“Go get it!”
She fumbled her way back toward the door. Her fingers rooted around in the darkness until they knocked against a hard plastic case. She pulled the case out and headed back in the direction of the doctor.
“Where are you?” she asked.
His hand on her arm made her jump. He grabbed the case from her.
“What’s this? The emergency kit? How can we use that when we can’t see?”
“Look inside. The bag-valve mask and a laryngoscope are in there,” she answered. “The laryngoscope is powered up, and you can use its light.”
The doctor muttered to himself as he opened the case. After some searching he found the lamp for guiding a breathing tube into the pharynx of anesthetized or unconscious patients. He clicked it open and shone the narrow beam of bright light toward the old man lying in the bed.
Now that they could orient themselves, Nurse Siv stepped toward the respirator by the bed and shut off the alarm. The silence echoed in their heads. They heard the sound of their own breathing.
“His heart’s stopped. Where is Marianne? Marianne!” the doctor shouted. He placed the ventilator mask over the patient’s nose and mouth. “Take care of his breathing while I do CPR,” he hissed through tight lips.
Siv began to pump air into the unmoving lungs. The doctor pressed down on the man’s breastbone, his palms rhythmically trying to stimulate the silent heart. They did not speak while they worked. The doctor took a minute to inject epinephrine directly into the heart muscle. It was no use. The heart would not resume beating. Finally they were forced to give up.
“It didn’t work, damn it. Where is Marianne? And why hasn’t the backup generator turned on?”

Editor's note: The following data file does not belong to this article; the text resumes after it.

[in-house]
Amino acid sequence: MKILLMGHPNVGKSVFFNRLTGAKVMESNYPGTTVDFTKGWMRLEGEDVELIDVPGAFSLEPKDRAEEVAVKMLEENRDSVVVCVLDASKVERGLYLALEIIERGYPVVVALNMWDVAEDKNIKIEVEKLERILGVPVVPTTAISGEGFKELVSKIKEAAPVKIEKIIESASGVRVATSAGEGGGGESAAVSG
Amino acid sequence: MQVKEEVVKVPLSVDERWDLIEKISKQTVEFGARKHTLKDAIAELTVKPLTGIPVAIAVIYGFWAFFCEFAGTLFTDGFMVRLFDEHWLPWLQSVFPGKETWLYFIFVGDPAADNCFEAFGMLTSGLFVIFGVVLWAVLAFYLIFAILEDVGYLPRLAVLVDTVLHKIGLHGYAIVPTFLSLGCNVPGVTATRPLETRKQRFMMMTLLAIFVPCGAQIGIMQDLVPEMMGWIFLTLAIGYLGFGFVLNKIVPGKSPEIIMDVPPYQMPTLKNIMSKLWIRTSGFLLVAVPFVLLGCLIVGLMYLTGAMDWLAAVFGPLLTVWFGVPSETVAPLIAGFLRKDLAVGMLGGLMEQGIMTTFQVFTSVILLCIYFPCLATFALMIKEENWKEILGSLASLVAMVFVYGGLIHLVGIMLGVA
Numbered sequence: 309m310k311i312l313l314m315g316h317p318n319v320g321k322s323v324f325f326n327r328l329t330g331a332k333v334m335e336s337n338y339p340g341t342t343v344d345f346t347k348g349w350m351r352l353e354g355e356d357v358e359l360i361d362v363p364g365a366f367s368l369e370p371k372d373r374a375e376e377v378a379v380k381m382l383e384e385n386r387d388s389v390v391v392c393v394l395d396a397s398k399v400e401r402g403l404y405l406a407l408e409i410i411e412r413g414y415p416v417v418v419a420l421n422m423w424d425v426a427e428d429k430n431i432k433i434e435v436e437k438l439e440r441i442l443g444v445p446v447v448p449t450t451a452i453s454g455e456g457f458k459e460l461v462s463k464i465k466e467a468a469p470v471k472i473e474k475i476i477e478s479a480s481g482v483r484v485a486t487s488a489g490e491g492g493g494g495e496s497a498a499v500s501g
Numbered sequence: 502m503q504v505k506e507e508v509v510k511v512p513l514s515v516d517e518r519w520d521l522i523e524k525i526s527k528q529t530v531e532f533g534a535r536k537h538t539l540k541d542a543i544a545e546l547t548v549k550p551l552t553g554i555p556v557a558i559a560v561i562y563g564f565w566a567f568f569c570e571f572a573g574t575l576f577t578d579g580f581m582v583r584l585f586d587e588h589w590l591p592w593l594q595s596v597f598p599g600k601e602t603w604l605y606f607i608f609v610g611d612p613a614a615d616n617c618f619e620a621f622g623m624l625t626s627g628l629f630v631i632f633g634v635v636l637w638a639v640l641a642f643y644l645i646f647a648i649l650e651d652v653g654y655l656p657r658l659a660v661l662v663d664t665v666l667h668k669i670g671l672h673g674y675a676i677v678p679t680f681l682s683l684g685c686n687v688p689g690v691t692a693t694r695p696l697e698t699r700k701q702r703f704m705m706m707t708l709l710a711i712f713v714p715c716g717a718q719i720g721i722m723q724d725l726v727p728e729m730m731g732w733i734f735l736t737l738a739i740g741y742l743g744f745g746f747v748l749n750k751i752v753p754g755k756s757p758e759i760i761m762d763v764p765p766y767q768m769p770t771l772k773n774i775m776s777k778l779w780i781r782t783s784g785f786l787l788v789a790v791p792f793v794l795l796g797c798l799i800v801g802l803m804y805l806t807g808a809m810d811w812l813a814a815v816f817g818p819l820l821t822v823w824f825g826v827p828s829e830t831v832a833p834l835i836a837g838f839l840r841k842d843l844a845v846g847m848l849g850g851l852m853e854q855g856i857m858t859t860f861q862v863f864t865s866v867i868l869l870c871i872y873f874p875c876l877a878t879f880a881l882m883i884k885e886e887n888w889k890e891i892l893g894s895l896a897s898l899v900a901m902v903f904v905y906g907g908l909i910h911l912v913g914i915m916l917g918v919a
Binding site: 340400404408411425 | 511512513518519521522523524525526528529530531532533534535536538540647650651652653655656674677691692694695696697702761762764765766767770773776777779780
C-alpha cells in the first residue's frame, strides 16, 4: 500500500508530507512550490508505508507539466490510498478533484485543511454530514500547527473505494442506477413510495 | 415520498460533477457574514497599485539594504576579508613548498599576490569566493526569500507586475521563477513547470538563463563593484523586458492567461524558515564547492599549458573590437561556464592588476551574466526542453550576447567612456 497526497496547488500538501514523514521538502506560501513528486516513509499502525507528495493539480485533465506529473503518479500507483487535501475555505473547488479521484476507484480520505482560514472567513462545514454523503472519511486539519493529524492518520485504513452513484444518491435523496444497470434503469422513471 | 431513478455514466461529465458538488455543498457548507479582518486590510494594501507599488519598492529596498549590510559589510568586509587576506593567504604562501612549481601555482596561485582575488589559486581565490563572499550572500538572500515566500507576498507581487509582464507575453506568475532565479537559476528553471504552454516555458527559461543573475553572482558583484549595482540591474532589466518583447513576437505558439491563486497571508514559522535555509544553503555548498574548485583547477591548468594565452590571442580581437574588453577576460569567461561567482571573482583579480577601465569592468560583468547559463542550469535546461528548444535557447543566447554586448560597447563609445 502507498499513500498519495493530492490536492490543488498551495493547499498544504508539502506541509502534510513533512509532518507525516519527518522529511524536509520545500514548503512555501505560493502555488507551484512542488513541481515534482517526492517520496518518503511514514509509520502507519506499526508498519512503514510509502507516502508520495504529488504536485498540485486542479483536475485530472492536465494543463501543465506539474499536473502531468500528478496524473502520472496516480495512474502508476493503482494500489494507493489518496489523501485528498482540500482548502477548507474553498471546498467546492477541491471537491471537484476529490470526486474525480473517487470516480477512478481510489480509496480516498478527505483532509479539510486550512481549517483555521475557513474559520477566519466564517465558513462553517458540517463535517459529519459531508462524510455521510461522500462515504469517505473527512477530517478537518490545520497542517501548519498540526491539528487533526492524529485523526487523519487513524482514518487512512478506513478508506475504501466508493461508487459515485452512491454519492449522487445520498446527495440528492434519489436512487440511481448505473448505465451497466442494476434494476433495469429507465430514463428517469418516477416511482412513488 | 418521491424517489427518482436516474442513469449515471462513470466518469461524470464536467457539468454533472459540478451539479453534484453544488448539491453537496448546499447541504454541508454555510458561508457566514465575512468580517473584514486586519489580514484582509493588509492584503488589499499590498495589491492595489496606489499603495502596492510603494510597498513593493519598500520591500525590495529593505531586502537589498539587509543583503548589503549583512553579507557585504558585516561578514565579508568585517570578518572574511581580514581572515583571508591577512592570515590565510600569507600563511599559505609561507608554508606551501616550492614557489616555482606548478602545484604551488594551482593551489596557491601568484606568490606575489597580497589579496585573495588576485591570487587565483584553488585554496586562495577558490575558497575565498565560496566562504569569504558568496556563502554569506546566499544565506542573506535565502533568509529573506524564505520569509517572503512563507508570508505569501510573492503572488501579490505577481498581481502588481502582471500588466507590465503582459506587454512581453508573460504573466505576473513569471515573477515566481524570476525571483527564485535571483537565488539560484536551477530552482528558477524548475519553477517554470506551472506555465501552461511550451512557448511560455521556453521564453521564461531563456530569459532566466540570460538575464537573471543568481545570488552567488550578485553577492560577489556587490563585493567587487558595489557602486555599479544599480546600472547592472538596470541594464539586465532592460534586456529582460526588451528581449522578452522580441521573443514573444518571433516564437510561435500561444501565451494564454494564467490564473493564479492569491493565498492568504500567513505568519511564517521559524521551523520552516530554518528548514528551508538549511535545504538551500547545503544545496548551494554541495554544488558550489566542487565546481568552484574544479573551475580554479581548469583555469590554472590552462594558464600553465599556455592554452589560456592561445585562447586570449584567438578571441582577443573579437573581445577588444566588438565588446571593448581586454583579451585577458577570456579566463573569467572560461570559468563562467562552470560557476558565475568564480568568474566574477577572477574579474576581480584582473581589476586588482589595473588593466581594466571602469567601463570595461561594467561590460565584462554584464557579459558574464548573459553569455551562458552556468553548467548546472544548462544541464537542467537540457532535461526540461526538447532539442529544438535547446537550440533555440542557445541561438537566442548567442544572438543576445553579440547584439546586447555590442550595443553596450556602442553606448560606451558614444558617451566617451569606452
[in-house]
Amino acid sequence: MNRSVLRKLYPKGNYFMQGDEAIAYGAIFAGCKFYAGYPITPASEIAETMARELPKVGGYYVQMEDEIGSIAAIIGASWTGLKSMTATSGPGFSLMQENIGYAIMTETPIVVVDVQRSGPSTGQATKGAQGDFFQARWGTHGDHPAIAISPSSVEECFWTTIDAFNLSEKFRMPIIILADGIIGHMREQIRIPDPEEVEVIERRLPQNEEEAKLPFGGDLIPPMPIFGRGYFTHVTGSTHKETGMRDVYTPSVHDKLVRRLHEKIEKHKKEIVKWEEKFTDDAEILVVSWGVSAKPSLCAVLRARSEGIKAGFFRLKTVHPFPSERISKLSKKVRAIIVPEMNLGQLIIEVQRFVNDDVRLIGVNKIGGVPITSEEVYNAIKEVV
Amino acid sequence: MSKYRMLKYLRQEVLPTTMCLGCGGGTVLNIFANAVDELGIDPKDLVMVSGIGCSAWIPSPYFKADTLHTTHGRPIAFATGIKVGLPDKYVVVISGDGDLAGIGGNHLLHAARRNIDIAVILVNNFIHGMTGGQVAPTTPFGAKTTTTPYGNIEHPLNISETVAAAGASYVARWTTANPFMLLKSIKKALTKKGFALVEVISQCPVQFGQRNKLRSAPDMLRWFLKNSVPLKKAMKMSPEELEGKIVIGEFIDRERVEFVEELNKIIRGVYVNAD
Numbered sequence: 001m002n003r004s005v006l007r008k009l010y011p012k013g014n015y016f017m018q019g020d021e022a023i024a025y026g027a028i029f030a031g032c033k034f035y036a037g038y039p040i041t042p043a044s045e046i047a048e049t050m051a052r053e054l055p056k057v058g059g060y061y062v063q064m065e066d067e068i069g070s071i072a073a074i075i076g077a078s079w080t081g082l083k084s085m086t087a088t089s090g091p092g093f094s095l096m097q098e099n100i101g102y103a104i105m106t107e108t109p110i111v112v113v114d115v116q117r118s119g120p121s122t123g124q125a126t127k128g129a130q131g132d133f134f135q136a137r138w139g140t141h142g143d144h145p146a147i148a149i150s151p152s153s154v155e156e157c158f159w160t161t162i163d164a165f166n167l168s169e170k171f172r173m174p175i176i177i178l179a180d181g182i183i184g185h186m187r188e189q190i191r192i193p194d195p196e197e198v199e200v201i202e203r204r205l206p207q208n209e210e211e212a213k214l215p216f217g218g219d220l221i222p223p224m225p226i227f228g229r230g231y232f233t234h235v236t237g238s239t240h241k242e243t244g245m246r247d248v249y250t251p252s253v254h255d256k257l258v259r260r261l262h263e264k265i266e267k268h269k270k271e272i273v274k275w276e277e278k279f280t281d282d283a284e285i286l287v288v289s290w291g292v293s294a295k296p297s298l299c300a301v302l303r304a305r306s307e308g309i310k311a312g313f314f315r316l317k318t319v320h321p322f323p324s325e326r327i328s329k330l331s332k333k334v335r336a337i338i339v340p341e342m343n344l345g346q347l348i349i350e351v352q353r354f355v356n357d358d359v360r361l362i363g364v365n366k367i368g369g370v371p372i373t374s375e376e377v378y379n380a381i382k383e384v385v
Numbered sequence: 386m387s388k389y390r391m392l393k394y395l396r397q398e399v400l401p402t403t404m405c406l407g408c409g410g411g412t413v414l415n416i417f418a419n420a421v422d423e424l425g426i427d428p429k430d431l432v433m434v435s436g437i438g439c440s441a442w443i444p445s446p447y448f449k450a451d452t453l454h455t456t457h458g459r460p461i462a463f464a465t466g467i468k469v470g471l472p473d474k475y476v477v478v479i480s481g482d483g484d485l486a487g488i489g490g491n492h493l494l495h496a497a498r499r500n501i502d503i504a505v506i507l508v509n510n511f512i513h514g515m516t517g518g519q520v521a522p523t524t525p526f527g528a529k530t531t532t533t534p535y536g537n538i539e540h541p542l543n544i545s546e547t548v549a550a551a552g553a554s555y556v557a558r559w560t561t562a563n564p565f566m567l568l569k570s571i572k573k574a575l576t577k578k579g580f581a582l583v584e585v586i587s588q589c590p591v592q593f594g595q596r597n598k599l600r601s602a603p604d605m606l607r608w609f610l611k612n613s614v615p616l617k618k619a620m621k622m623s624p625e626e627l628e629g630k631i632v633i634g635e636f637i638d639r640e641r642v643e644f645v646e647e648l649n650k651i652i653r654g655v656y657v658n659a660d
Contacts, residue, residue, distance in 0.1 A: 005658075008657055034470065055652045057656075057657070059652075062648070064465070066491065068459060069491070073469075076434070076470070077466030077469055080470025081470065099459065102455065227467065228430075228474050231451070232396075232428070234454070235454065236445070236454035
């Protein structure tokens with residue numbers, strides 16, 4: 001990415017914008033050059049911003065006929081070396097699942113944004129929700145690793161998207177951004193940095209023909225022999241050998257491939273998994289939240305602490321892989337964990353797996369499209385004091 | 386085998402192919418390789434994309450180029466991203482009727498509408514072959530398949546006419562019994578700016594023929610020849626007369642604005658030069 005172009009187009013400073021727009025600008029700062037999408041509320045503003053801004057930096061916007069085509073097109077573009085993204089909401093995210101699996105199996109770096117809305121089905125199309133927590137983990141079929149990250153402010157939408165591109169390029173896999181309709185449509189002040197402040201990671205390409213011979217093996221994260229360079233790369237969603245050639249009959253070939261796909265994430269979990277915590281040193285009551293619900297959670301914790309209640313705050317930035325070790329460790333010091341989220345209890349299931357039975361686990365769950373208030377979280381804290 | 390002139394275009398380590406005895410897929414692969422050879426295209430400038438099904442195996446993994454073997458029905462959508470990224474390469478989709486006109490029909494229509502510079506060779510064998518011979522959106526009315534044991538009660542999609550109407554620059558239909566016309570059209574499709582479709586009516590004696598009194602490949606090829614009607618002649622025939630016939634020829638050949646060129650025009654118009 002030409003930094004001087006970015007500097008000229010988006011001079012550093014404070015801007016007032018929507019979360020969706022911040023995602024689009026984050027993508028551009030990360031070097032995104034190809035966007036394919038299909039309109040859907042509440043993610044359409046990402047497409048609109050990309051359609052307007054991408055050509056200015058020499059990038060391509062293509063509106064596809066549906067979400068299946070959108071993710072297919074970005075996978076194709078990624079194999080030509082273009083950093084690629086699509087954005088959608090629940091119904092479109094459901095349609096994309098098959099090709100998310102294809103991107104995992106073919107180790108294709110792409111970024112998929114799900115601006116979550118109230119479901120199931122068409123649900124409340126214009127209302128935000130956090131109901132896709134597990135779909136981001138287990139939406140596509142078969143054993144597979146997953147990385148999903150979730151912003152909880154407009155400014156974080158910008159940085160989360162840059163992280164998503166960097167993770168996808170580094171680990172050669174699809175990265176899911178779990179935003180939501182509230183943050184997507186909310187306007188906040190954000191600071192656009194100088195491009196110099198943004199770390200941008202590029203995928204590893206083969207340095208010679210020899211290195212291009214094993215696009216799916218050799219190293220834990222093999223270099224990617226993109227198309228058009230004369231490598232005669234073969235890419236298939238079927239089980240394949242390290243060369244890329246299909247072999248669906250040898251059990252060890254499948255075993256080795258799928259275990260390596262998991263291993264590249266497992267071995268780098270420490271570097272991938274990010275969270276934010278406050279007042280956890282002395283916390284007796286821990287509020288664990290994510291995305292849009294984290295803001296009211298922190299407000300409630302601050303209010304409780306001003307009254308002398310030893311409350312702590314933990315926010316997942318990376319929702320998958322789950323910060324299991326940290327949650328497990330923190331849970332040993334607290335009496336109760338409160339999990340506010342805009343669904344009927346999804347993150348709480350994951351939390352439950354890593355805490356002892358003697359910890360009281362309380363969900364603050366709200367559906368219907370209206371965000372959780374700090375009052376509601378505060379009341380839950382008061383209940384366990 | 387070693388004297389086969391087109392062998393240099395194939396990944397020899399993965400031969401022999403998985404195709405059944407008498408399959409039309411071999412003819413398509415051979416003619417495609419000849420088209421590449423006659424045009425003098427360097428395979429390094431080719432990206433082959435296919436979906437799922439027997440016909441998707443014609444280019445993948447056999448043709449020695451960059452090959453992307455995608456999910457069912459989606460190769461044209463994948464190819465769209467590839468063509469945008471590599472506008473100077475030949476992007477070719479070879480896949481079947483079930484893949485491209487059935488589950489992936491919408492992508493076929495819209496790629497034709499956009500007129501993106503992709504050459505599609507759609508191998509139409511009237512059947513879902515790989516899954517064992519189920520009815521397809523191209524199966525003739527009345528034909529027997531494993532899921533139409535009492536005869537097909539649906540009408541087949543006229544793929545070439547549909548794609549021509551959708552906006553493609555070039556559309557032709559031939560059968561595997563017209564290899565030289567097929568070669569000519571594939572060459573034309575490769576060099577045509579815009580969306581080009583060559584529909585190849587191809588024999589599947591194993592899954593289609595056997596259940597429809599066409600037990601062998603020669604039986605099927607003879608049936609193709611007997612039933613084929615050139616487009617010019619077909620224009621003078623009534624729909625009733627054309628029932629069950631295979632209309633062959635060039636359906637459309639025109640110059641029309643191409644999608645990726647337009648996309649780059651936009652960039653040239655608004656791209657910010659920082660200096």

When the doctor flashed the light of the laryngoscope around the room, Nurse Siv glimpsed the examination cart. She stepped carefully toward it, her arm out stiffly, hip high. She moved her right hand along the top of the cart, over the examination instruments and plastic gloves. Finally she found the barrel of her flashlight and turned it on.
The beam of light struck the doctor right between the eyes, and he threw up his hands with a muffled curse.
“Uh . . . sorry,” Siv stammered. “I didn’t realize where you were.”
“Okay, okay. I’m just glad you found a working flashlight. Check out the floor. See if she’s here. Maybe she’s fainted.”
But the ICU nurse was not to be found anywhere in the small ICU.
The beam of the flashlight caught a phone, and the doctor strode to it and lifted the receiver. “Dead as a doornail.” After thinking a moment, he said, “My cell phone is in the on-call apartment. Let me take the flashlight up there to call emergency services. Then I’ll start searching for Marianne. You didn’t see her go past your station, did you?”
“No. I haven’t seen her since eleven this evening, when we were in here turning Mr. Peterzén.”
“So she must have gone out the back door. I’ll go that way to the on-call apartment and walk upstairs through the operating rooms. That’s the closest.”
The doctor swung the beam toward the door. Beyond it were the stairs and the elevator to surgery, one floor up. One floor down, on the ground floor, were the polyclinic and physical therapy rooms; one floor below that was the basement, where the X-ray suite, employee changing rooms, and building machinery were located. The hospital was a large area to search, but Surgical Chief of Medicine Dr. Löwander was the person who knew its layout the best.